of 8 require carriers to be expressed (that is, used) and transmitted over time and across space. Each society
has some metaset of all techniques feasible to it, a monstrous compilation of blueprints and instruction
“manuals” that describe what this society can do. These are often hard to pin down.8 All the same, they must
have existed. From that set, economic decision makers be they households, small producers, or large corporations, select techniques. This choice is the technological analogue of natural selection and since Nelson
and Winter (1982) first enunciated it in 1982, it has remained the best way to describe and analyze
technological change (Nelson, 1995).
Naturally, only a small subset of 8 is in use at each point of time. How society “selects” these
techniques and rejects others is an important question, but not one I will address here (see Mokyr, 1998a).
Techniques, too, need to be passed on from generation to generation because of wear and tear to their carriers
and can be taught without necessarily including the entire body of S that serves as their base: a plumber can
be trained to fix leaking pipes without burdening him with the hydraulics and material science underlying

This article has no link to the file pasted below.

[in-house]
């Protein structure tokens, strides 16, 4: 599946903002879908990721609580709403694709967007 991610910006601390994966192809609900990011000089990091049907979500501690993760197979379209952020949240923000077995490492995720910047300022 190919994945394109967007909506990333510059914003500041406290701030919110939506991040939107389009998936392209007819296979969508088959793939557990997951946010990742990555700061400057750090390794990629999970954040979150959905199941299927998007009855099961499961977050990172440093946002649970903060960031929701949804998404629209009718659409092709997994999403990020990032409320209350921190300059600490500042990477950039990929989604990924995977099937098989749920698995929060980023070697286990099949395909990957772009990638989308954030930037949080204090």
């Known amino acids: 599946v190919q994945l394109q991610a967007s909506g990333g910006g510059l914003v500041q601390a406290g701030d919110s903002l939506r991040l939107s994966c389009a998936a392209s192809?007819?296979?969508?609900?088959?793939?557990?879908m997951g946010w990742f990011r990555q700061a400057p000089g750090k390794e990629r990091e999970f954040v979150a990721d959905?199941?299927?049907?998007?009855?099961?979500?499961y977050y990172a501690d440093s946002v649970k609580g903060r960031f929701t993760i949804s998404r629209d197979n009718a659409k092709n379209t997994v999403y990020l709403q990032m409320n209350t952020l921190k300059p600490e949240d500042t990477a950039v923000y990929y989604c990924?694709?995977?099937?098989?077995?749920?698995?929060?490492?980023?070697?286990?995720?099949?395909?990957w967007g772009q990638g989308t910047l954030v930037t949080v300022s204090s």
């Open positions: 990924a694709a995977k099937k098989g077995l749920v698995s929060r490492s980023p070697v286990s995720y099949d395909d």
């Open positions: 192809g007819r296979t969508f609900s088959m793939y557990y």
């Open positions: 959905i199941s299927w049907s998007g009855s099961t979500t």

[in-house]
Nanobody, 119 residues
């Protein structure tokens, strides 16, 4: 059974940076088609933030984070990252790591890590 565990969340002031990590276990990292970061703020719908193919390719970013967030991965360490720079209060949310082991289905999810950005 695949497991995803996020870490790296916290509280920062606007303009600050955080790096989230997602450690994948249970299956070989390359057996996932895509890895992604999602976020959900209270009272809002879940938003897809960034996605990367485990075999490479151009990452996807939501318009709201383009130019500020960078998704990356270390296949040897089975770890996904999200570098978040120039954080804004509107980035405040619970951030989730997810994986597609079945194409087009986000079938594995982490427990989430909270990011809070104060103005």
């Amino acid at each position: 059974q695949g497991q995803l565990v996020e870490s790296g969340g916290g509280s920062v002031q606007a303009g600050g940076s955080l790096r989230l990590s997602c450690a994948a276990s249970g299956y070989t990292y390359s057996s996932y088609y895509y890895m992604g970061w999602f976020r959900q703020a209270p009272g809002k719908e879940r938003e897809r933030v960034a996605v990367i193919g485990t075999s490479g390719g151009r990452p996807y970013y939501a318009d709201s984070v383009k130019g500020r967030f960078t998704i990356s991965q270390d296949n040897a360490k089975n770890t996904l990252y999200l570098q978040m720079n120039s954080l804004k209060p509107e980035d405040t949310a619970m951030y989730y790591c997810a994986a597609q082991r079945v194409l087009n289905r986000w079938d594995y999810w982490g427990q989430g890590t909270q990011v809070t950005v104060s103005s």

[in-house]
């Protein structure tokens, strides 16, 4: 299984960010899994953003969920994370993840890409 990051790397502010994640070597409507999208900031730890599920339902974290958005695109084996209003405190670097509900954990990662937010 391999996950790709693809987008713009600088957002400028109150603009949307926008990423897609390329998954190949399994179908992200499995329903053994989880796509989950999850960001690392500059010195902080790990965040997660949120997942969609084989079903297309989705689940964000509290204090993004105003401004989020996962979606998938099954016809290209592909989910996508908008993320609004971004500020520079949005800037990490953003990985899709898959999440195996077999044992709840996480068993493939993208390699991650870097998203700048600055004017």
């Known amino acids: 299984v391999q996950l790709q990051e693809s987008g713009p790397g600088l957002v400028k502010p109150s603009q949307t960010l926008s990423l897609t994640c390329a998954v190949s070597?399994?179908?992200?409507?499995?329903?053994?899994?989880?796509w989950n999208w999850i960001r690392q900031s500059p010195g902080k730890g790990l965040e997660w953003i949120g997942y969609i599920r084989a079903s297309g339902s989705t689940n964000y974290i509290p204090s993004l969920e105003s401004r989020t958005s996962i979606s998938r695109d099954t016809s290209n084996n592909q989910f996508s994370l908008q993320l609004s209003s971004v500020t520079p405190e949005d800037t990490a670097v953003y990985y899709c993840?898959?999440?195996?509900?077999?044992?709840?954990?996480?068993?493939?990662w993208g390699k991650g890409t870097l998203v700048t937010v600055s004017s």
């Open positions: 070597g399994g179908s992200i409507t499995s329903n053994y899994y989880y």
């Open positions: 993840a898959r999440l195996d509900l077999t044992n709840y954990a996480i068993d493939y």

his skill -- though in general the more of the underlying knowledge passed on, the better the skills. To be
sure, an invention in plumbing could be made through pure luck or inspiration by someone totally ignorant
of these areas, but the probability of this happening quickly declines not only with the complexity of the
problem but also with the number of previous serendipitous inventions.
7
Many techniques have elements and refinements that can only be stored in people’s minds and transmitted, if at all, by personal
contact. Some of them are “knacks” that are uncodifiable and defy any formalization, and if valuable enough, yield large rents to their
carrier. Thus the skills of basketball- or violin-playing can be codified and taught, but the techniques applied by Michael Jordan or
Itzhak Perlman clearly are not wholly transmissible.
8
Hall (1978, p. 96) points out that the historian finds it very difficult to identify 8 from early records, because in the past shipwrights,